We were enjoying appetizers and a bottle of wine when my colleague’s husband burst into song with a falsetto that let me know this was going to be no ordinary night.  The three of us are in our 50’s and the songs of our youth were topping the playlist. As my colleague and I talked shop, her husband kept singing and befriended the couple to his left.  Soon enough we put away our workplace concerns and let the impulse to sing and dance take over.  At first, it was the three of us.  One of the bartenders began to act as DJ, taking requests. First Journey, Queen, Pat Benetar, then Bye Bye Miss American Pie, The Cars, more Journey….music that took me back. Another colleague arrived and joined the fun. Eventually, one member of the unknown couple decided to dance with us, and with some trepidation her reluctant partner joined in.  Soon enough the bar tenders were strutting their stuff and we jumped into a joyous, raucous-for-me, evening. I’ve been basking in the glow of the laughter and camaraderie ever since.

But there was so much more to that evening than a spontaneous dance party in a far away city.  Our evening stood in contrast to the news story that had broken that afternoon in which a group of boys from a Catholic school in full MAGA gear appeared to taunt and disrespect a Native American elder at a protest in Washington D.C. What actually happened is now the subject of debate and I’ve not followed every nuance. But our current national life is so filled with stories of open prejudice and hatred that the complexity of this situation hardly matters. We hear similar things almost weekly, incidents that are either ignored or celebrated by our leaders.

Indeed at one point in the night, in the midst of the dancing and laughter, one of the women we met began to cry. A Latinx lesbian woman who valued her Catholic faith even though many who share it would reject her, she was dismayed by the boys’ behavior.  (For the record, many claiming Christ would reject this woman. Her Catholic Church is not alone its exclusion.) For her, because the boys were Catholic she hoped that they would choose to represent a message of Christian love. When we saw her sit down and her tears begin, we dropped to our knees in front of her and joined hands forming a circle to share and acknowledge her sorrow. What a gift to share our collective grief  with this stranger-friend for a moment.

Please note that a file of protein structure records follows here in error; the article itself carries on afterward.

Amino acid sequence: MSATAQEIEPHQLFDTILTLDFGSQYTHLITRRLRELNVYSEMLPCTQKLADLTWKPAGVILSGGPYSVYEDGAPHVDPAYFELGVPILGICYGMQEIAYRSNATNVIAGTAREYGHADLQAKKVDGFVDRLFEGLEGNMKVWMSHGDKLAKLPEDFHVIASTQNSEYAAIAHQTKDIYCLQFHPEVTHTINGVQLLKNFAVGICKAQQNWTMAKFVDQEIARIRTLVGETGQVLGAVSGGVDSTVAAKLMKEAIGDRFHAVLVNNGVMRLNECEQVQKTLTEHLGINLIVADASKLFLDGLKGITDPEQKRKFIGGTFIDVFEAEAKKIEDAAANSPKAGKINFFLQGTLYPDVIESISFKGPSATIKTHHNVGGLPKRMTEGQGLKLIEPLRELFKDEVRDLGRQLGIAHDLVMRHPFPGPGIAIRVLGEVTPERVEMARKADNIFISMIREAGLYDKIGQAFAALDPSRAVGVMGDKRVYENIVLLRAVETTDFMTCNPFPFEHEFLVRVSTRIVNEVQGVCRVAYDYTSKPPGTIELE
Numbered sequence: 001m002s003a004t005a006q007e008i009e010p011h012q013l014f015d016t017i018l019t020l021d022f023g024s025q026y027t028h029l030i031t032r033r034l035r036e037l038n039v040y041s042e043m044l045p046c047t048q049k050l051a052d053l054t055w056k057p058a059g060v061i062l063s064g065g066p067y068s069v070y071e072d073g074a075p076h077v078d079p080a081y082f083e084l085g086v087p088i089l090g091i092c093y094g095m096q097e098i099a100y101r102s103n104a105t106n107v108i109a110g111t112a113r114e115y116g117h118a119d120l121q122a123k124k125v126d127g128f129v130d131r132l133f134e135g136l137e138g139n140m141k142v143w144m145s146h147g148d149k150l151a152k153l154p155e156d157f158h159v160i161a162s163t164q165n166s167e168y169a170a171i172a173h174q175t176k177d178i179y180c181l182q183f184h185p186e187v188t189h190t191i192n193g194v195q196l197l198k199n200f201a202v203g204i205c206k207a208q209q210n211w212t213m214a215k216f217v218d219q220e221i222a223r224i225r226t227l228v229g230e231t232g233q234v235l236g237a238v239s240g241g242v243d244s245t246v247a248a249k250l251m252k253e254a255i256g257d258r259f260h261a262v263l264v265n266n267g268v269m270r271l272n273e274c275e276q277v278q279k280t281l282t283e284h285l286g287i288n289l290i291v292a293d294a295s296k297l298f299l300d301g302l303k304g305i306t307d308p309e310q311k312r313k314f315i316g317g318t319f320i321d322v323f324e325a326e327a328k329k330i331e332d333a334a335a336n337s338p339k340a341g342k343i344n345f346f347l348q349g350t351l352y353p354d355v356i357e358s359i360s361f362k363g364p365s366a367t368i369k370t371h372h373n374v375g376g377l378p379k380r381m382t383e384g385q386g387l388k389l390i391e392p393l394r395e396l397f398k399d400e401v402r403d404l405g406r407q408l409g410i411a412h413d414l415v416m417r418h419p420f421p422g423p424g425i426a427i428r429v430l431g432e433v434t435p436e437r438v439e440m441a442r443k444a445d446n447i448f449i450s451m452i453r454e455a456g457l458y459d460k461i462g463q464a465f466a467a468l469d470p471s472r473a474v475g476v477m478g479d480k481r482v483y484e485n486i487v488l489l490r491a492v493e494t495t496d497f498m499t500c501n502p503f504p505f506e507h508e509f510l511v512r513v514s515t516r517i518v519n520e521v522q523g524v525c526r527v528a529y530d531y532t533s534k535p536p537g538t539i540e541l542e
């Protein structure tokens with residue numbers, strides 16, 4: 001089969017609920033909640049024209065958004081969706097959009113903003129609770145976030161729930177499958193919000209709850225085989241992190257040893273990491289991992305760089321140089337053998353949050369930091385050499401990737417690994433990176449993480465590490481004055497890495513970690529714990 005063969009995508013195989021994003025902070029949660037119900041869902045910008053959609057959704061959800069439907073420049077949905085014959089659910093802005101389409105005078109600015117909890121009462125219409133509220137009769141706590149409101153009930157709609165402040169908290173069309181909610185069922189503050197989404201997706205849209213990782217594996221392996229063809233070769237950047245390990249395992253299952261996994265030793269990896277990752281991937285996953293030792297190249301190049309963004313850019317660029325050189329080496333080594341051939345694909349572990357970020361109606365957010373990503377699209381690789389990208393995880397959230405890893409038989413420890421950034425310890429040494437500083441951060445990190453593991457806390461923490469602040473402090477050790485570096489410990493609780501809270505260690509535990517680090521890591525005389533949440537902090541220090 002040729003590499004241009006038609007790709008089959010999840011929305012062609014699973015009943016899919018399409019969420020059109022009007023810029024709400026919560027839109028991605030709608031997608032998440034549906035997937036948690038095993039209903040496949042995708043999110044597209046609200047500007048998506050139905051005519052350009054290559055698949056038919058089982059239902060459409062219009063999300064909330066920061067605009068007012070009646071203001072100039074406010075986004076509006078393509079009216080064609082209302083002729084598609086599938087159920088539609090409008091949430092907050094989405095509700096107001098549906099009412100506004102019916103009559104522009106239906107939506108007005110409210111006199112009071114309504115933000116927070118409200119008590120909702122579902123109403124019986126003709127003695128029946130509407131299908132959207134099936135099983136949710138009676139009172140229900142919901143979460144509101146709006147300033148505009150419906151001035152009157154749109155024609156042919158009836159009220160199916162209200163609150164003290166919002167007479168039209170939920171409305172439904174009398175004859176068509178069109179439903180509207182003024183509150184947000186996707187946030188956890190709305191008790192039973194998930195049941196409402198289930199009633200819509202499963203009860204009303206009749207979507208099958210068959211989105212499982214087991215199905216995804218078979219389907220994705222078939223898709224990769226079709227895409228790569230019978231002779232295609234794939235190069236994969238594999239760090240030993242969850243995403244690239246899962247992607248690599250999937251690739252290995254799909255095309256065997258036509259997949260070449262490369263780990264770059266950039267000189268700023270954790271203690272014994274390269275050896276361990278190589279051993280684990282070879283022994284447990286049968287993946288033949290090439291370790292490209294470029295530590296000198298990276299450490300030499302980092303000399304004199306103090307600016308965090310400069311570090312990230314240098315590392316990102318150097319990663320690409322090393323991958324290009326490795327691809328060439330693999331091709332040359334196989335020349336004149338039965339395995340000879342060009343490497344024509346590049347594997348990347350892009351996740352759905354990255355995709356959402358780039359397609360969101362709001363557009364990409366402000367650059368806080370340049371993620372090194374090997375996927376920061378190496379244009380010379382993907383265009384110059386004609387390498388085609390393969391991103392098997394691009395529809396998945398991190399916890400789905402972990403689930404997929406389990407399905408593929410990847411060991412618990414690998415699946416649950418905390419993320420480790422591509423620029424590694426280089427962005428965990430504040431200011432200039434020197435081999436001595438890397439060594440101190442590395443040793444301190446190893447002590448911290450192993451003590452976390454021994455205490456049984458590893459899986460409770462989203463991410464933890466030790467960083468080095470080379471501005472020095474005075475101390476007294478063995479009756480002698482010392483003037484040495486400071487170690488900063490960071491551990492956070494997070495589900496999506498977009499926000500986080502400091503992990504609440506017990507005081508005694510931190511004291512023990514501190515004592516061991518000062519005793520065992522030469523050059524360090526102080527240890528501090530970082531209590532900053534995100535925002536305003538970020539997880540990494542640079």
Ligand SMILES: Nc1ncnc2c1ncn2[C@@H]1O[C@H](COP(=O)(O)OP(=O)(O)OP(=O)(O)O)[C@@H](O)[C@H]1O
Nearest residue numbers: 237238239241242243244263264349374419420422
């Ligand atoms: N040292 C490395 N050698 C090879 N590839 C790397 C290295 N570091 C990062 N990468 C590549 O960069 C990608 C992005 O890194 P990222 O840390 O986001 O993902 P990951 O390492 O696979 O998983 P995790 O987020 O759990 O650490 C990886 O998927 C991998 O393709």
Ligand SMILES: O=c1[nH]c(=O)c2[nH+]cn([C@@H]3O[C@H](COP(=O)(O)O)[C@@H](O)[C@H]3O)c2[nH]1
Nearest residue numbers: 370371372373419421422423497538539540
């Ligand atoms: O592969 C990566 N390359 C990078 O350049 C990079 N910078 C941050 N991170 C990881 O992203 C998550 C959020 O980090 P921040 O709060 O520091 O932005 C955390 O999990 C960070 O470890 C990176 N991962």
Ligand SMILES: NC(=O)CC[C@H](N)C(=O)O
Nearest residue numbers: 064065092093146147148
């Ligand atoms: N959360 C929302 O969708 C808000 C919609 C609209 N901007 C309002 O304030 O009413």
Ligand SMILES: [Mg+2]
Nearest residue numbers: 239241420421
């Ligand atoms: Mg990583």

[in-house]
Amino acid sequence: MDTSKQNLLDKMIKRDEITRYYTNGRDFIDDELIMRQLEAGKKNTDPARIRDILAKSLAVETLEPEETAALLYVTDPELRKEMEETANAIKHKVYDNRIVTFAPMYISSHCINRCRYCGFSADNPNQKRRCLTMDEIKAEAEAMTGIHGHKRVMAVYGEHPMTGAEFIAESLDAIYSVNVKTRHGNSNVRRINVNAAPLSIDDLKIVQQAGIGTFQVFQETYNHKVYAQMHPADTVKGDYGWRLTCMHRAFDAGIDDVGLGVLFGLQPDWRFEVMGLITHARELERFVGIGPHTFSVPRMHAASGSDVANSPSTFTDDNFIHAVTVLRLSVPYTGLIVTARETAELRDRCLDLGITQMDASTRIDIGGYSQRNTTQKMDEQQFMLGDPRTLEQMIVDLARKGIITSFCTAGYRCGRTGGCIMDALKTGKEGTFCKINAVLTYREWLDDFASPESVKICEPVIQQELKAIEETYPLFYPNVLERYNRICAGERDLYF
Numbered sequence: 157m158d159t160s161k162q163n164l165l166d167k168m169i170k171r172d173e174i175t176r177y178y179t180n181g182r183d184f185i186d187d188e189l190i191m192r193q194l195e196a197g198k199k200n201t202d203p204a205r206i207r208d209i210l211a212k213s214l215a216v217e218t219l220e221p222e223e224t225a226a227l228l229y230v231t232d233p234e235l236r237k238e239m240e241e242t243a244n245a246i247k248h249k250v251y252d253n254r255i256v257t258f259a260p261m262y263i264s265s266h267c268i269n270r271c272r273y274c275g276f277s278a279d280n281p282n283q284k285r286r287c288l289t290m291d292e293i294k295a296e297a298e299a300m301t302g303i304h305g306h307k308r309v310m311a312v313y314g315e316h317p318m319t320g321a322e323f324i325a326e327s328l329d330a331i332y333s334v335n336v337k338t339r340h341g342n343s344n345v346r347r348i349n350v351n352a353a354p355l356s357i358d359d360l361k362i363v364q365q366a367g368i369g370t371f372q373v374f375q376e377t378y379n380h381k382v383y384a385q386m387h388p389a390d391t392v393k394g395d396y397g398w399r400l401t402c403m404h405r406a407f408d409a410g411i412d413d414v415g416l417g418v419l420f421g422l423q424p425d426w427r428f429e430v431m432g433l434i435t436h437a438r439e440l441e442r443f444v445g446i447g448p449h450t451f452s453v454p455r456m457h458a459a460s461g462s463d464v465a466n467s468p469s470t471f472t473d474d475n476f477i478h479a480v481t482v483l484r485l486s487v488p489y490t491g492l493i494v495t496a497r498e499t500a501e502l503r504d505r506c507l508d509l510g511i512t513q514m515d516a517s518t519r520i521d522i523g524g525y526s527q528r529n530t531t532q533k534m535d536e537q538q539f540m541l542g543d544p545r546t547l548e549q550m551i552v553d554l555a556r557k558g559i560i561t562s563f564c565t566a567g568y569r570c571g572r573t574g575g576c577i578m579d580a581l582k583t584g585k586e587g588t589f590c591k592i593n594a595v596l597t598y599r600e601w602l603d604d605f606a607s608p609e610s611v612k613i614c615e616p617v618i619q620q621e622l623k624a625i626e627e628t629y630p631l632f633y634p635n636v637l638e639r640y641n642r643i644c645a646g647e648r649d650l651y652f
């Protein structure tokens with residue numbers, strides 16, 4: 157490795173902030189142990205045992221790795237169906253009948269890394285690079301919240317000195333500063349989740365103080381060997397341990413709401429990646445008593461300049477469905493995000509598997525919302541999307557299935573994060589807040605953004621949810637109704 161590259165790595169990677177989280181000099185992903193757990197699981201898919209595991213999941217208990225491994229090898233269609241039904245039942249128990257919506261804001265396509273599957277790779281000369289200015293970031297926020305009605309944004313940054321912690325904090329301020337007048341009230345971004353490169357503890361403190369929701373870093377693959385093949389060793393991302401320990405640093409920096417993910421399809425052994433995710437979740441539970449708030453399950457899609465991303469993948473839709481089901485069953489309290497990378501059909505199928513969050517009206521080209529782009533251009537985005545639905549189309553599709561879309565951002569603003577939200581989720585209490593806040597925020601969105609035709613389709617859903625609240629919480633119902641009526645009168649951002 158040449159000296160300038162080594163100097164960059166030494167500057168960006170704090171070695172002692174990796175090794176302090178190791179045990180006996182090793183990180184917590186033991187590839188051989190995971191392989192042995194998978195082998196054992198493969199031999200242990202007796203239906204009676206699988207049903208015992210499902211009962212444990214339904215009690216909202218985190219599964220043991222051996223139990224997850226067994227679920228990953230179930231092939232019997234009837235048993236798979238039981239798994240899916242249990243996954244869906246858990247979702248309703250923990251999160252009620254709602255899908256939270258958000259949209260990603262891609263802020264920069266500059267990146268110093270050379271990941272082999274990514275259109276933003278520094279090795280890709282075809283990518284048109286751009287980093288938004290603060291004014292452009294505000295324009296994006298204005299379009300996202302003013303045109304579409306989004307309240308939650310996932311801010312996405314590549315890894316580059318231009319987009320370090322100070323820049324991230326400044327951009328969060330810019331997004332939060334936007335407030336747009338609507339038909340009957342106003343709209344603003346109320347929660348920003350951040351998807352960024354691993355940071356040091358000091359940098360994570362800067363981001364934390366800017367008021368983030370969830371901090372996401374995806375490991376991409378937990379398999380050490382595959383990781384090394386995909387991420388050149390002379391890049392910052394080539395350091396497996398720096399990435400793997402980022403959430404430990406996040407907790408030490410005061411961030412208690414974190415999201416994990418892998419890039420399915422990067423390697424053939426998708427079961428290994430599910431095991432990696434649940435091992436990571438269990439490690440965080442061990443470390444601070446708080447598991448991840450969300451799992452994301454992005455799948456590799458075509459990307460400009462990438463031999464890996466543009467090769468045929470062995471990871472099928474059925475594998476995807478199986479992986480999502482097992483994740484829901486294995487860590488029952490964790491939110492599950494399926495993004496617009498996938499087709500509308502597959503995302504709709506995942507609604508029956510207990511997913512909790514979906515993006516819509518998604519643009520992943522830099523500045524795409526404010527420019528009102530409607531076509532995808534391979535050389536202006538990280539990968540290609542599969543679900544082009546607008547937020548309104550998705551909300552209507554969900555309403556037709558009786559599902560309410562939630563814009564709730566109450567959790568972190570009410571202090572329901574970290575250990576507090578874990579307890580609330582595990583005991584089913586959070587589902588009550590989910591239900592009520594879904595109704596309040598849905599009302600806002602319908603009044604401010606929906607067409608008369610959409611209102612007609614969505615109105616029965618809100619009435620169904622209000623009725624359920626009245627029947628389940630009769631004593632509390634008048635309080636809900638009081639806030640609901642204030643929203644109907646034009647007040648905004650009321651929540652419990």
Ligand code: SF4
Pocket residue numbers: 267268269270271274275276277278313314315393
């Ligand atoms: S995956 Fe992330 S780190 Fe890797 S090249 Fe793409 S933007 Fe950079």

The tears passed and we kept dancing, singing, and laughing. Two very young couples joined the mix, and soon thereafter it was time to call it a night. As we said good-bye, one of the bar tenders explained it was his first night on the job and said we had made it great for him. But really we all made it great for each other. For one evening, by tacit agreement, we all remembered what it was like to be young and open to new people and experiences. We agreed to let our stereotypes drop, stereotypes about how 50 plus straight people, and 40 plus lesbian people, and 30-ish gender bending people are “supposed to” act and relate. Those stereotypes would have kept us in our corners, no spontaneous falsetto, no singing, no dancing, no understanding, no joyful connection. For a moment, as the song goes, we belonged to the light, we belonged to each other, and we belonged together.